St Knoll of Nathalan. A Scot by birth and by legend a rich man, Knoll became a monk and earned his living by cultivating the soil, which he also found good for contemplation.
Patrick Duffy tells his story.
Tulachnathlak, or St Knoll of Nathalan
was a Scot by birth, from the village of Tullicht, near Aberdeen, where he is said to have built a church. He picked an excellent site, which was called Tulachnathlak, the knoll of Nathalan. During the Reformation, however, the saint’s name was dropped, and it became known as just Tulach or Tullich. Nathalan is also said to have built churches at Bothelim and Colle (Cowie).
(The image(above right) shows the ruin of the church at Tullicht near Aberdeen, which was called Tulachnathlak, the knoll of Nathalan, after our saint of today.)
The 16th century Aberdeen Breviary portrays Nathalan as a rich nobleman who decided to cultivate the earth in order to devote himself to God as a hermit. He also fed the people nearby in times of famine. He is praised for having earned his living by cultivating the soil, “which approaches nearest to divine contemplation”. He found that farming also served him as a type of penance.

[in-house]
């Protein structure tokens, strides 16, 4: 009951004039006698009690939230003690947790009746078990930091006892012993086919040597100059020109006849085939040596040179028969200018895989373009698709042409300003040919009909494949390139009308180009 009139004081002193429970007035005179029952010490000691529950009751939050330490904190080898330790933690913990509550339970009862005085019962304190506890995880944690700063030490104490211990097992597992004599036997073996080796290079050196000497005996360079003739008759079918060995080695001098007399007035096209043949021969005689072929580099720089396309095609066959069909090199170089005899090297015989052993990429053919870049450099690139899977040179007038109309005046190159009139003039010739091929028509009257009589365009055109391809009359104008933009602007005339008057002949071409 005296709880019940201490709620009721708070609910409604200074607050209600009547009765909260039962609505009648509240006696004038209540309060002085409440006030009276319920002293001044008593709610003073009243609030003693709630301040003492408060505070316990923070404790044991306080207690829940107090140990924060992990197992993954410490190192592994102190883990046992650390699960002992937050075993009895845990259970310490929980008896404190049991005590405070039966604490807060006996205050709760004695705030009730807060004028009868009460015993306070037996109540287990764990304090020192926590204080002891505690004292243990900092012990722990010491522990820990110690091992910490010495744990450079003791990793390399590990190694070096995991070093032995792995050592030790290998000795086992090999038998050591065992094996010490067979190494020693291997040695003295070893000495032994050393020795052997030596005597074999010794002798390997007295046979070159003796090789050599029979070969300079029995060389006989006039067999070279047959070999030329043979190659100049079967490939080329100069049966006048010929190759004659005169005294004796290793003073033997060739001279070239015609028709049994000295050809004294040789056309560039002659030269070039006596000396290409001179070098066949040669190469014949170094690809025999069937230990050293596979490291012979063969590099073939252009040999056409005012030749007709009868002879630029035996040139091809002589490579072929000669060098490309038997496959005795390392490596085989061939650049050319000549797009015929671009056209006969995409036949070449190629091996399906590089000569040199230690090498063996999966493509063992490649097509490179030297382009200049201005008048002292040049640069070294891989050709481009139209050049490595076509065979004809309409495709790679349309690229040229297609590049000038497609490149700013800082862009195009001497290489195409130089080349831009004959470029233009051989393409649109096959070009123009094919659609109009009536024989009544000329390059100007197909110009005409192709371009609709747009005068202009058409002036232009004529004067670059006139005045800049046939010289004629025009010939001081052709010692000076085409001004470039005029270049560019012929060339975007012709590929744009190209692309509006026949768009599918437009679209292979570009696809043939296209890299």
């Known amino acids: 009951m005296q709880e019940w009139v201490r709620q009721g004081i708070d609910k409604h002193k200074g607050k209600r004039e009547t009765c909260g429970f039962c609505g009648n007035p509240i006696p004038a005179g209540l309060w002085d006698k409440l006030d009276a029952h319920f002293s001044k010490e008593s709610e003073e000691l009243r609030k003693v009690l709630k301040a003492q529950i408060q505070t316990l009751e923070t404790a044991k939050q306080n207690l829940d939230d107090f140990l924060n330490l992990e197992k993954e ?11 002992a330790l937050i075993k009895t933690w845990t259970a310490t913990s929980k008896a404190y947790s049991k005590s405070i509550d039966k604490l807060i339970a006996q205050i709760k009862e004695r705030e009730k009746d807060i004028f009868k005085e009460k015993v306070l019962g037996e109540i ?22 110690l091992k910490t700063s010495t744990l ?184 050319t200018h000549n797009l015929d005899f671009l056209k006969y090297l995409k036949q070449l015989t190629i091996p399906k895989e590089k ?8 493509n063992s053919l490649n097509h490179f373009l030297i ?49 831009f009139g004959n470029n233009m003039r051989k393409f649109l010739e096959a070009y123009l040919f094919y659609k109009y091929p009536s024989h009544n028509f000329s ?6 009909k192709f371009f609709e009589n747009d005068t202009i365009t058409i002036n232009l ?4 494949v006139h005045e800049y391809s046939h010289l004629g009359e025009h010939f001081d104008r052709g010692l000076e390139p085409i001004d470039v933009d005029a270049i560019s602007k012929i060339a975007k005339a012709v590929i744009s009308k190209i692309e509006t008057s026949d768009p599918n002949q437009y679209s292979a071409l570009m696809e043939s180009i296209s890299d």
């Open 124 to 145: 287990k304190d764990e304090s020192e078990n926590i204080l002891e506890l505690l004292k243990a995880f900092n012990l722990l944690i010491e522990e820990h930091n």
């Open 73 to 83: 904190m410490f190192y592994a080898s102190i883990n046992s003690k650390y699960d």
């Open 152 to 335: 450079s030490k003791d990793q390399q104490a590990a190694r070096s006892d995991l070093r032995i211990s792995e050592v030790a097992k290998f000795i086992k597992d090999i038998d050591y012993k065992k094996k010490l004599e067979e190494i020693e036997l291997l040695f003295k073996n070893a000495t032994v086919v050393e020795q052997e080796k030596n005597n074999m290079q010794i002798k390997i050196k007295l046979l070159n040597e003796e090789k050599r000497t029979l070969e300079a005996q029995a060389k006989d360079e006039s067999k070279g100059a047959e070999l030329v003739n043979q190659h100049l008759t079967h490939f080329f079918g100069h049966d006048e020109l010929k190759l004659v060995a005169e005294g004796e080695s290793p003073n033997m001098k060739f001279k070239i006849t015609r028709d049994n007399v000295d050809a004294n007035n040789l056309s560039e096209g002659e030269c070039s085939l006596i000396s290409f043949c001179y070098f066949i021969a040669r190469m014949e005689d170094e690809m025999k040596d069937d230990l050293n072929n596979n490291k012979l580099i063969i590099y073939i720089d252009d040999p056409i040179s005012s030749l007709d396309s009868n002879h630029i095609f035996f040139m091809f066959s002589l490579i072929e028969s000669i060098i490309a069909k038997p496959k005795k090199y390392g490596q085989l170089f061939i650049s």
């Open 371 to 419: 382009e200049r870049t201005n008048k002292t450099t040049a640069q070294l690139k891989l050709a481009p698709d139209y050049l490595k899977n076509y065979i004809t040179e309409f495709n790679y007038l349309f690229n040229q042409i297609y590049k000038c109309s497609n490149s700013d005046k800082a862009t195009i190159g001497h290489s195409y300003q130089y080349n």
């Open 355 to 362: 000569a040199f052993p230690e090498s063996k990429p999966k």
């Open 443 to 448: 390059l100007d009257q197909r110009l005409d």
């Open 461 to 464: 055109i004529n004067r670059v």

Legend of the lock
Nathalan’s story also has elements of folklore. When a sudden storm interfered with his harvest, Nathalan protested against God. But when he realised what he had done, he was struck with remorse and to punish himself, he locked his hand and leg together with an iron lock and threw the key in the River Dee. The key was swallowed by a fish
To Rome and promotion he becomes a bishop
He vowed that his arm would never be free until after he had made a penitential pilgrimage to Rome. When he arrived in the holy city, he met a boy who offered him a fish for sale. Nathalan bought the fish and recovered the key from its belly. When the Pope heard of this miracle, he decided to make Nathalan a bishop.